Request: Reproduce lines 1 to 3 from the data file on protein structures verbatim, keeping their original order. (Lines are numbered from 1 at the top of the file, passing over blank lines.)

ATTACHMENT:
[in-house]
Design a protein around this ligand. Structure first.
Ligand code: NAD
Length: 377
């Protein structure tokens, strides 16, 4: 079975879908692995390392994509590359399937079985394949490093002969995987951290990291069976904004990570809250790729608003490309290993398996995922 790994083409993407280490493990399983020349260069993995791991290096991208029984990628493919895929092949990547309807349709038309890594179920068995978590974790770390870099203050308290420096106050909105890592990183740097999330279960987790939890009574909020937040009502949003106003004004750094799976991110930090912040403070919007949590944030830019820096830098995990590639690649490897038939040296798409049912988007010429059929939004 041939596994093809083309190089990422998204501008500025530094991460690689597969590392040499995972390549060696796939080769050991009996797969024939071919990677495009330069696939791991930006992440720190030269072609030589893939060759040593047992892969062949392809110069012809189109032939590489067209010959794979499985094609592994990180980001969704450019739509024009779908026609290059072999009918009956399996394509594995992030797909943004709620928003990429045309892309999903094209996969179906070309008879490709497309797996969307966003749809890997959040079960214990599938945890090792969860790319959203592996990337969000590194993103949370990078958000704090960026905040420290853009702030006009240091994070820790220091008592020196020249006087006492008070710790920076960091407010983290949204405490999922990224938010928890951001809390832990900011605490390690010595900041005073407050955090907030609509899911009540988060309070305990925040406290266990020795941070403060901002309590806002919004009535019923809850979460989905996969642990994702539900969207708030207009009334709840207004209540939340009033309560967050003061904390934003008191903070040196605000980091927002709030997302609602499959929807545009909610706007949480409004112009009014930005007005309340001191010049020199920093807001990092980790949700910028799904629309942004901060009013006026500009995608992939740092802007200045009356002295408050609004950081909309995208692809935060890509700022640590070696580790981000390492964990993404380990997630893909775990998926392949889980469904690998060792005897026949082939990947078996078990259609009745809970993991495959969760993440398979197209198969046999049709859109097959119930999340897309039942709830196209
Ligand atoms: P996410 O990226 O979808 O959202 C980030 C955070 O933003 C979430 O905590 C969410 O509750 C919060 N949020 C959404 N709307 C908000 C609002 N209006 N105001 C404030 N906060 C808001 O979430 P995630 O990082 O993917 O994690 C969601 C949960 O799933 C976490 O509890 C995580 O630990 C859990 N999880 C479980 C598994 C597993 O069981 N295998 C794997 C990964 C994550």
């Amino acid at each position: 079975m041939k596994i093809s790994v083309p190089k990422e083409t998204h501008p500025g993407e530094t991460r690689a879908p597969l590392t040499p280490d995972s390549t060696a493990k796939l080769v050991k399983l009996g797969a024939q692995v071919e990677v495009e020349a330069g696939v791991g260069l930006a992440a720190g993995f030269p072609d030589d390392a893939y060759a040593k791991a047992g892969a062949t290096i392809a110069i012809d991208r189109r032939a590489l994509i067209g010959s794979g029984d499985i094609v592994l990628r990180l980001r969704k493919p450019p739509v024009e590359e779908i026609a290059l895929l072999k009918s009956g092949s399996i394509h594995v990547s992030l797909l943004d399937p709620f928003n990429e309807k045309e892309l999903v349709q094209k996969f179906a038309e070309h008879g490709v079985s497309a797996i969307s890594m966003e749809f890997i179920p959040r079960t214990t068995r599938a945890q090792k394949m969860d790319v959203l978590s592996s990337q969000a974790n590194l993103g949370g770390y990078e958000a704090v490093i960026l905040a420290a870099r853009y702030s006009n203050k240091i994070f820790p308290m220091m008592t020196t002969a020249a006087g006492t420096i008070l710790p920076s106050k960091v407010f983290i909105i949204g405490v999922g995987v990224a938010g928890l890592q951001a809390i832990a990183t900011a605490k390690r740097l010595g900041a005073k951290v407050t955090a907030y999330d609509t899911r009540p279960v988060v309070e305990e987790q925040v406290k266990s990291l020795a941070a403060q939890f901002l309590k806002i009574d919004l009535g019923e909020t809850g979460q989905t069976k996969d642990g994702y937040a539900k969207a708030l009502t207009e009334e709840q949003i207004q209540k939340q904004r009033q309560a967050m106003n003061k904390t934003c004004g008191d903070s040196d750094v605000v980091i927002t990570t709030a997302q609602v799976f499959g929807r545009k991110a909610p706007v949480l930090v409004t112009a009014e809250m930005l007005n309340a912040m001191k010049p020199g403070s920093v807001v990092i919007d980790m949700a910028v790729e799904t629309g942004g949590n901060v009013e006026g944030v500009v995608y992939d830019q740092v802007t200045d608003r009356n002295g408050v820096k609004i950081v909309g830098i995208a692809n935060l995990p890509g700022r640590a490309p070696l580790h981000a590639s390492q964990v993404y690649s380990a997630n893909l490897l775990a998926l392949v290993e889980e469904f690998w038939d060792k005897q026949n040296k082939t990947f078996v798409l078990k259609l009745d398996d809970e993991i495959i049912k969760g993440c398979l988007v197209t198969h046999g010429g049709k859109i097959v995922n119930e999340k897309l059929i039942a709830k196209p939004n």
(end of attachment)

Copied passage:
[in-house]
Design a protein around this ligand. Structure first.
Ligand code: NAD